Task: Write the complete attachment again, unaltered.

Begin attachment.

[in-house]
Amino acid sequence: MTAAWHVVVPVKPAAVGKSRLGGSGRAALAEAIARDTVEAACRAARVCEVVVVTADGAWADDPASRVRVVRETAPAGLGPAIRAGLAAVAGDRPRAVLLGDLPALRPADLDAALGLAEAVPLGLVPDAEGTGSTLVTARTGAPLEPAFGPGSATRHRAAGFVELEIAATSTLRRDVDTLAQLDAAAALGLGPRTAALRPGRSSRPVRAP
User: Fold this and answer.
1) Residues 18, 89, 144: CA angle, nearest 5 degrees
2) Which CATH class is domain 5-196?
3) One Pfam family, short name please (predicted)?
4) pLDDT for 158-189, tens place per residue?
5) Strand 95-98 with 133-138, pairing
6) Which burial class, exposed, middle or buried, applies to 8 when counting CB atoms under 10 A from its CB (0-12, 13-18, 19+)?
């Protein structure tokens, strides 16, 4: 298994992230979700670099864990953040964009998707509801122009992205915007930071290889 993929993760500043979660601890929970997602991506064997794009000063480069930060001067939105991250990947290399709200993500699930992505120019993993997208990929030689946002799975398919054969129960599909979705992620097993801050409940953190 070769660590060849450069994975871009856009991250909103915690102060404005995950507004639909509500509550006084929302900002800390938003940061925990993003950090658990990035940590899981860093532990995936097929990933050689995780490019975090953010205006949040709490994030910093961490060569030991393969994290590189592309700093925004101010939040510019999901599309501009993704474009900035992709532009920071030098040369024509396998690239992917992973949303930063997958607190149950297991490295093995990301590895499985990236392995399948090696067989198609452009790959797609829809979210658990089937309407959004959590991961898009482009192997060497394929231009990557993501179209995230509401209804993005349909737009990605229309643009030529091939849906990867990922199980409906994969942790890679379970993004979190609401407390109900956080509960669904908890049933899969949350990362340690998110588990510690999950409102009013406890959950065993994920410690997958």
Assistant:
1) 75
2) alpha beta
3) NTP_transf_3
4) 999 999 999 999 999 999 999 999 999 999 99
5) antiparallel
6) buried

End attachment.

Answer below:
[in-house]
Amino acid sequence: MTAAWHVVVPVKPAAVGKSRLGGSGRAALAEAIARDTVEAACRAARVCEVVVVTADGAWADDPASRVRVVRETAPAGLGPAIRAGLAAVAGDRPRAVLLGDLPALRPADLDAALGLAEAVPLGLVPDAEGTGSTLVTARTGAPLEPAFGPGSATRHRAAGFVELEIAATSTLRRDVDTLAQLDAAAALGLGPRTAALRPGRSSRPVRAP
User: Fold this and answer.
1) Residues 18, 89, 144: CA angle, nearest 5 degrees
2) Which CATH class is domain 5-196?
3) One Pfam family, short name please (predicted)?
4) pLDDT for 158-189, tens place per residue?
5) Strand 95-98 with 133-138, pairing
6) Which burial class, exposed, middle or buried, applies to 8 when counting CB atoms under 10 A from its CB (0-12, 13-18, 19+)?
């Protein structure tokens, strides 16, 4: 298994992230979700670099864990953040964009998707509801122009992205915007930071290889 993929993760500043979660601890929970997602991506064997794009000063480069930060001067939105991250990947290399709200993500699930992505120019993993997208990929030689946002799975398919054969129960599909979705992620097993801050409940953190 070769660590060849450069994975871009856009991250909103915690102060404005995950507004639909509500509550006084929302900002800390938003940061925990993003950090658990990035940590899981860093532990995936097929990933050689995780490019975090953010205006949040709490994030910093961490060569030991393969994290590189592309700093925004101010939040510019999901599309501009993704474009900035992709532009920071030098040369024509396998690239992917992973949303930063997958607190149950297991490295093995990301590895499985990236392995399948090696067989198609452009790959797609829809979210658990089937309407959004959590991961898009482009192997060497394929231009990557993501179209995230509401209804993005349909737009990605229309643009030529091939849906990867990922199980409906994969942790890679379970993004979190609401407390109900956080509960669904908890049933899969949350990362340690998110588990510690999950409102009013406890959950065993994920410690997958």
Assistant:
1) 75
2) alpha beta
3) NTP_transf_3
4) 999 999 999 999 999 999 999 999 999 999 99
5) antiparallel
6) buried